Note: Where available, the PDF/Word icon below is provided to view the complete and fully formatted document
 Download Current HansardDownload Current Hansard    View Or Save XMLView/Save XML

Previous Fragment    Next Fragment
Tuesday, 13 October 2015
Page: 7451


Senator BULLOCK (Western Australia) (15:13): I too rise to take note of the answers by Senator Cash. I should say at the outset that there is a lot to like about Senator Cash. Firstly, she is a West Australian and that naturally is an enormous advantage!

Senator Nash: Hear, hear to that!

Senator BULLOCK: Secondly, and I say this as a former secretary of the Western Australian Hairdressers and Wigmakers Union, Senator Cash is to be congratulated for consistent and ongoing support for our industry! Thirdly, there is her renowned theatricality: her demonstrative hand gestures and her propensity in pursuit of emphasis to overstate her case. She could, for example, lay the blame for the downfall of civilisation on a combination of the incompetence and malignant intent of 'those opposite'—a sentiment with which I could have some sympathy, albeit from the different perspective of this side of the chamber!

It is, however, this practice of overstatement—more so even than her cruelty to vowels—which opens the senator to well-deserved criticism. Take for example, her answer to the question as to how many new jobs would be created by the China, Japan and Korea free trade agreements. Undoubtedly swept away by her enthusiasm for FTAs, she advised the Senate yesterday—it was slightly corrected today—that up to 178,000 jobs would be created by the time the agreements came fully into force in 2035. I am reminded of a song by Frank Sinatra extolling the virtue of having high hopes, but high hopes are no substitute for the facts.

I have here a report by the Centre for International Economics, prepared for the Department of Foreign Affairs and Trade, on the economic benefits of Australia's North Asian FTAs, dated 12 June this year. On page 35 it sets out the employment impact for Australia of the North Asian FTAs, year by year, for every year from 2016 till 2035. I have added up all of the figures on this page for all of the years, and they come to 178,568—just like Senator Cash said. Unfortunately for Senator Cash, I can read as well as add up, and the introduction to the table at the top of the page helpfully explains how to interpret it. It says:

This table should be interpreted in the same manner as the other results in this report … For example, we expect there to be 7925 more people employed in 2016 if the FTAs are implemented compared to if they aren’t implemented. Similarly, in 2020 there would be 14,566 more jobs if the FTAs are implemented compared to what would be the case in 2020 if the FTAs were not implemented.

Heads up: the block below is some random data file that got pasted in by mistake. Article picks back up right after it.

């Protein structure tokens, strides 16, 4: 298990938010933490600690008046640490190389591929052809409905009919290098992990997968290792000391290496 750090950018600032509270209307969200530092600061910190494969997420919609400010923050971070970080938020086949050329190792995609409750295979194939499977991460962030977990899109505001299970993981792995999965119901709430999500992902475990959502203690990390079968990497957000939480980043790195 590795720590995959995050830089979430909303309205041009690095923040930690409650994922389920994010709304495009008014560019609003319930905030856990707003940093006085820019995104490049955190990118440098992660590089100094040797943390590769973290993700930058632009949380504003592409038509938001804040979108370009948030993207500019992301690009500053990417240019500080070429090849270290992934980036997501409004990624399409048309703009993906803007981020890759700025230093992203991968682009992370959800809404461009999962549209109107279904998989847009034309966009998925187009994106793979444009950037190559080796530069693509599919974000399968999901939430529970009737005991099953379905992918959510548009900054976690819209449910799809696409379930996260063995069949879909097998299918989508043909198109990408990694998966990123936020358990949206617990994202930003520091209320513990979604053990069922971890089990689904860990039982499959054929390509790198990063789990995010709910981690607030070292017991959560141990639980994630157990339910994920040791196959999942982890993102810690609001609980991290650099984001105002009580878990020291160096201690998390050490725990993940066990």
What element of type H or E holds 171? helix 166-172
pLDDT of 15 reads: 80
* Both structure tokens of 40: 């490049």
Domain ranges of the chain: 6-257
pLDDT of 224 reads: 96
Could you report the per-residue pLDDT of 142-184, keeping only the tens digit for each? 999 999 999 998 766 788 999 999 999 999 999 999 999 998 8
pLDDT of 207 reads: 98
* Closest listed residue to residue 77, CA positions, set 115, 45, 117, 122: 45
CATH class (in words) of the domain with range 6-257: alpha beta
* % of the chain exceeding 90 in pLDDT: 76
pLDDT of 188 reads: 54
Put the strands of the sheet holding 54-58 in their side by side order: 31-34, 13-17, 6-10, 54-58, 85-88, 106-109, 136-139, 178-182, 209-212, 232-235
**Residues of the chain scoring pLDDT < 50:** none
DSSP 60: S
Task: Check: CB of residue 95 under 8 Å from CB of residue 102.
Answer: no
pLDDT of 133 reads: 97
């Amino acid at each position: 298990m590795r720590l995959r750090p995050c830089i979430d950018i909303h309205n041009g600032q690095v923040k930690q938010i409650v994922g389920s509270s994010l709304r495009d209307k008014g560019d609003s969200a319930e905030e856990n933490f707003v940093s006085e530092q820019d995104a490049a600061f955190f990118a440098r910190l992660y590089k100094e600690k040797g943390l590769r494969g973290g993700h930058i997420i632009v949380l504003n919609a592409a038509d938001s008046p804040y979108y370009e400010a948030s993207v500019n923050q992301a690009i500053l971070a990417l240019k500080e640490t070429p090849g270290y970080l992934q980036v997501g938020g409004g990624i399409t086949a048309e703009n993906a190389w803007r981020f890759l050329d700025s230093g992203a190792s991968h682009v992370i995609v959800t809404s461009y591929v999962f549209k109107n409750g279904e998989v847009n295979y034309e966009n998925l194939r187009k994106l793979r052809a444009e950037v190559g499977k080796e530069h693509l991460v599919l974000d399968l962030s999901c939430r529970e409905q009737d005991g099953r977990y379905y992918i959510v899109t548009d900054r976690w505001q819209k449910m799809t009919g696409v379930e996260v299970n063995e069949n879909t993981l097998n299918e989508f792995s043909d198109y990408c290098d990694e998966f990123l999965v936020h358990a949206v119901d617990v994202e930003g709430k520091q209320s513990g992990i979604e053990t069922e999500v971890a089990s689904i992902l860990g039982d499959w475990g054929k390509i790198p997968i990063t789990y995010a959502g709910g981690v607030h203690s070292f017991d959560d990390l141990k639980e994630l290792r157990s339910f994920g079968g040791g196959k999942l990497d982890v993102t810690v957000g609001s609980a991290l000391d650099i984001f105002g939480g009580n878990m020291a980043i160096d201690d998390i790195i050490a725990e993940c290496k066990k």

So there it is. The figures set out against each year indicate the total number of new jobs expected to have been created from the inception of the FTAs until that year—not in that year. So, when this report states that there will be 5,434 jobs, next to the year 2035, it means that 5,434 jobs will be created by 2035—not in 2035. Five thousand four hundred and thirty-four new jobs is a far cry from 178,568 new jobs. One hundred and seventy-eight thousand is a wild exaggeration of the employment impact of the FTAs. The Senate is not assisted by wild exaggerations by Senator Cash in answering questions. It is this propensity for wild exaggerations which led one of my colleagues to suggest to me this morning that Senator Cash was loose with the truth. I might not use such colourful language myself, but Australia deserves a minister in the critically important Employment portfolio who can be trusted to stick to the facts and is not prone to wild exaggeration.

The practice of presenting a vision of the world as she wishes it might be, rather than as it actually is, was evident once again in the controversy over the $12 million in cuts to the budget of community legal services nationally. These cuts are very clear to everyone in the sector, including Ms Liana Buchanan, who 'was surprised and appalled to hear a government minister providing such false information to the public'. The false information was Senator Cash's insistence that the $12 million in cuts was simply a false and misleading campaign by legal centres. Given that $12 million in cuts can be transformed into merely a 'false and misleading campaign', and 5,434 jobs— (Time expired)